Twenty years ago this summer, Trim and other parts of Meath became a movie set as Mel Gibson filmed his epic film on the life of the Scottish patriot William Wallace, Braveheart.
Twenty years ago this summer, Trim and other parts of Meath became a movie set as Mel Gibson filmed his epic film on the Scottish patriot William Wallace, ‘Braveheart’.
Now, as Scotland prepares to vote on whether it wants independence from the United Kingdon or not, the twentieth anniversary of the film-making is being marked in Meath with a special showing of the movie in the Solstice Arts Centre, Navan, as part of its summer film season.
The Solstice is showing ‘Braveheart’, and another locally-made film, ‘Captain Lightfoot’, filmed in the county in 1954, with Rock Hudson playing the lead, in a locally filmed movie season next month.
The making of the $50 million dollar Braveheart, which went on to win five Academy Awards, saw Trim Castle become the city of York, with 80 local carpenters and labourers constructing the elaborate streetscape of the city in the middle ages for the Battle of York, which occurred in 1298.
Filming began that August, with hundreds visiting Trim every day to watch the filming from whatever vantage point they could find. Scenes were also recorded at Bective Abbey and St Nicholas’ Abbey in the grounds on Dunsany Castle.
Braveheart starred Gibson himslf, who was also directing, as well as Sophie Marceau, daughter of the French mime artist Marcel Marceau, Brendan Gleeson, Peter Hanly, Patrick McGoohan and Catherine McCormack, as well as hundreds of extras recruited from the Irish Defence Forces and the local population. Filming of the battle scenes took place on the Curragh in Kildare.
The filming wrapped up in early September, when Mel Gibson ended his visit to Ireland with a meeting with the local town councillors. Last year, President Michael D Higgins, who was Minister For Arts and Culture when Braveheart was filmed, unveiled a special commemorative plaque on Castle Street in Trim during the Swift Festival. Then local TD, Noel Dempsey, who was junior minister in both the Office of Public Works and the dEpartment of Defence, was instrumental on providing both the castle as a location, and the members of the Reserve Defence Forces as extras. However, in Scotland, the leader of the Scottish National Party was not happy that the filming was taking place in Ireland.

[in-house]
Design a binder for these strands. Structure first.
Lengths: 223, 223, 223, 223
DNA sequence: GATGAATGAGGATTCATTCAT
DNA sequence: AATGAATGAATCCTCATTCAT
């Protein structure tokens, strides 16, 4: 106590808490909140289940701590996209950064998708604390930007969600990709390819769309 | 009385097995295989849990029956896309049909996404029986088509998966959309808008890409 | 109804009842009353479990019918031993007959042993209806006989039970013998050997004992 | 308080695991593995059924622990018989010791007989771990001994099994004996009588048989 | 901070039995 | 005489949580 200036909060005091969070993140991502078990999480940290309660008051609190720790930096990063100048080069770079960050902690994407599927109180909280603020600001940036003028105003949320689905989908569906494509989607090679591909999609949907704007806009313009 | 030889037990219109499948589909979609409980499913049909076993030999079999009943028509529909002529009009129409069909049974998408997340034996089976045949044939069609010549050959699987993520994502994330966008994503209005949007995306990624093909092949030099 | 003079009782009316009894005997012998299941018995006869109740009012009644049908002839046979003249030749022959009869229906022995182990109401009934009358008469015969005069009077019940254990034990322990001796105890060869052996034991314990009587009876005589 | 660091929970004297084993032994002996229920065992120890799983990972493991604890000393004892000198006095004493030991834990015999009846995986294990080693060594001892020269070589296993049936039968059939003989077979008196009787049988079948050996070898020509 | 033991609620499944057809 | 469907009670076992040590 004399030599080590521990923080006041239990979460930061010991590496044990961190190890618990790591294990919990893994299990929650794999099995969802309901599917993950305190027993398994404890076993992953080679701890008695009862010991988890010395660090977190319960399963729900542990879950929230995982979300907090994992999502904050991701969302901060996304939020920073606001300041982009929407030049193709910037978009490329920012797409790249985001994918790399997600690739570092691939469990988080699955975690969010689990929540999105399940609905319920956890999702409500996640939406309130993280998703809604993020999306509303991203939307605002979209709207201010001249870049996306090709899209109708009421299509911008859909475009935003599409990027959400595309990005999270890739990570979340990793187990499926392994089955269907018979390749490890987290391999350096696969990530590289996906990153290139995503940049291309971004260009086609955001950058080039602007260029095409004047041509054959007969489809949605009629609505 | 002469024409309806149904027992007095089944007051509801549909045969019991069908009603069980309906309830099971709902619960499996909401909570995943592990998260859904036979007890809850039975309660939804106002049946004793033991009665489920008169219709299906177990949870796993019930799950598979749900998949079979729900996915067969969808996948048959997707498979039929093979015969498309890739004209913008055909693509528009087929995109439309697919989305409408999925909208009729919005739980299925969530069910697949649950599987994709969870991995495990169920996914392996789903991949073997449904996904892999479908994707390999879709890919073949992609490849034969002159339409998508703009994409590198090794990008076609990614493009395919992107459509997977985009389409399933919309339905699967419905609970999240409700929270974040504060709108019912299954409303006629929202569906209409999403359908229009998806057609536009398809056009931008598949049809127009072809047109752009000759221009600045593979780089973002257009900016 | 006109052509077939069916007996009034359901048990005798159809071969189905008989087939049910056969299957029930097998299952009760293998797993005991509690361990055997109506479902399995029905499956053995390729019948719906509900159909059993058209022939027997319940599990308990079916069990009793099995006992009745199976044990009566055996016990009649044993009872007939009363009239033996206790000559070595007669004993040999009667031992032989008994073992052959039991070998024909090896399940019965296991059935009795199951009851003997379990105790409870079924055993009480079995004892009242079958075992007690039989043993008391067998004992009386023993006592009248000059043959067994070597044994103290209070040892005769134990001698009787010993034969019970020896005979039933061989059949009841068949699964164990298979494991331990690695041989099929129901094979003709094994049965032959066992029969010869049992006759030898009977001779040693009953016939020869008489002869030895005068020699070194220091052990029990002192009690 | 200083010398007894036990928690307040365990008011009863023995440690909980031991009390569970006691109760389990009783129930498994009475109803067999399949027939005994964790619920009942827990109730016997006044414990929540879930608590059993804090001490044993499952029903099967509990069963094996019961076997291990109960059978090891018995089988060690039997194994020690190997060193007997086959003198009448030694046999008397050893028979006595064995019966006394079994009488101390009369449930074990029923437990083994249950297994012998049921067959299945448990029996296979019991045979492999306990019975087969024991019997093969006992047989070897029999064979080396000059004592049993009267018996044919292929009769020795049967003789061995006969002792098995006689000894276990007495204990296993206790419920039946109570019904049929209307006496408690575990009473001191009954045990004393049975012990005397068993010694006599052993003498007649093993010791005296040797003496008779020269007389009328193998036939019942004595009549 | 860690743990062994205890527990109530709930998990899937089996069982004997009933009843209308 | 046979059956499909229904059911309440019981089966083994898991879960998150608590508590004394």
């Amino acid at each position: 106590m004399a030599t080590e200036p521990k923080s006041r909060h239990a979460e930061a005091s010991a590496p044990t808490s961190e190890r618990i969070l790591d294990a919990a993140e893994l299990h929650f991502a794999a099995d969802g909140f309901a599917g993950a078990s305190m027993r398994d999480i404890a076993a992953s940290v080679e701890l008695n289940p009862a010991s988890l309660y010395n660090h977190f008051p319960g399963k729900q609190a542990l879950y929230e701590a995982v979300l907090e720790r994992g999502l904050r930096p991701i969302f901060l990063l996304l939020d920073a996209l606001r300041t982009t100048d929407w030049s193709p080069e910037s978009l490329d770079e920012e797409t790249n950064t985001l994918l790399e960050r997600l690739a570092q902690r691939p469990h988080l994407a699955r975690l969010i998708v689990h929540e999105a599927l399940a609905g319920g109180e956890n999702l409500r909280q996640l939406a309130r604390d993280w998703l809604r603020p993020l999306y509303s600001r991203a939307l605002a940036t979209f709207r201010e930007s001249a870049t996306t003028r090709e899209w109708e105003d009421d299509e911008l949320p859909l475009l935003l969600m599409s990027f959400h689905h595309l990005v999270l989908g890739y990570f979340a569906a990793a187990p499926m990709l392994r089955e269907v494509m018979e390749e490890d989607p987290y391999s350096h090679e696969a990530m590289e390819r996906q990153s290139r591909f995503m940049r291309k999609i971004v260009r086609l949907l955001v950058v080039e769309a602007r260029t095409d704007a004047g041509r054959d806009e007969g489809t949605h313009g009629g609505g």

At the weekend, Gibson said he came close to being crushed to death by a horse while filming a savage battle sequence.
He said: “There was a horse that nearly killed me. He had a good trick where he did this whole rear-up thing, but he’d also fall backwards, which is a problem if you’ve fallen off first and you’re behind him.
“He did that to me. My stunt double ran in and pulled me out of the way just as the horse fell.”
However, despite the many near-misses that took place during the filming of bloody battle scenes, Gibson said that the sum total of injuries incurred by the cast included “a broken ankle and a hangnail and a busted nose”.
In an interview with Empire magazine, he said: “The thing I wanted out of the battle sequences was clarity. I’ve seen a lot of these battle movies and they just turn into mush. I broke it down to archers and horses and hand-to-hand and who had the high ground and the low ground, everybody was clearly delineated, even though it was often the same bunch of people playing different parts.
“We had the guys from the Irish Army, and one day they were all dressed like Scots and the next day they’d be English. I think there’s a scene where somebody actually kills himself.”
And Gibson made no apologies for the movie’s much-panned rewriting of history.
He added: “There’s scant historical record. Blind Harry (15th-century author of epic poem ‘The Wallace’) was fanciful and kicked it up to the mythic level, but if you’re looking for a complete compendium of the real life of William Wallace, you’re not going to find one.”
Braveheart will be screened in the Solstice on Wednesday 2nd July at 7.30pm. Captain Lightfoot screens on Wednesday 9th July, also at 7.30pm. This classic was filmed in Slane Castle and along the River Boyne 60 years ago, with Bective Abbey also a location for it.
Starring Rock Hudson and Barbara Rush, it centres on Michael Martin, a member of an irish revolutionary society who turns highwayman. He meets famous rebel, Captain Thunderbolt, and becomes his second-in-command, Lightfoot.
After these films, local extras are encouraged to come along to the theatre and share their stories of the filming.
Have you any photos, stories, memorabilia from the making of Braveheart? We would love to hear from you for a 20th anniversary feature on the making of the movie in Meath. Contact (046) 907 9655 or email email@example.com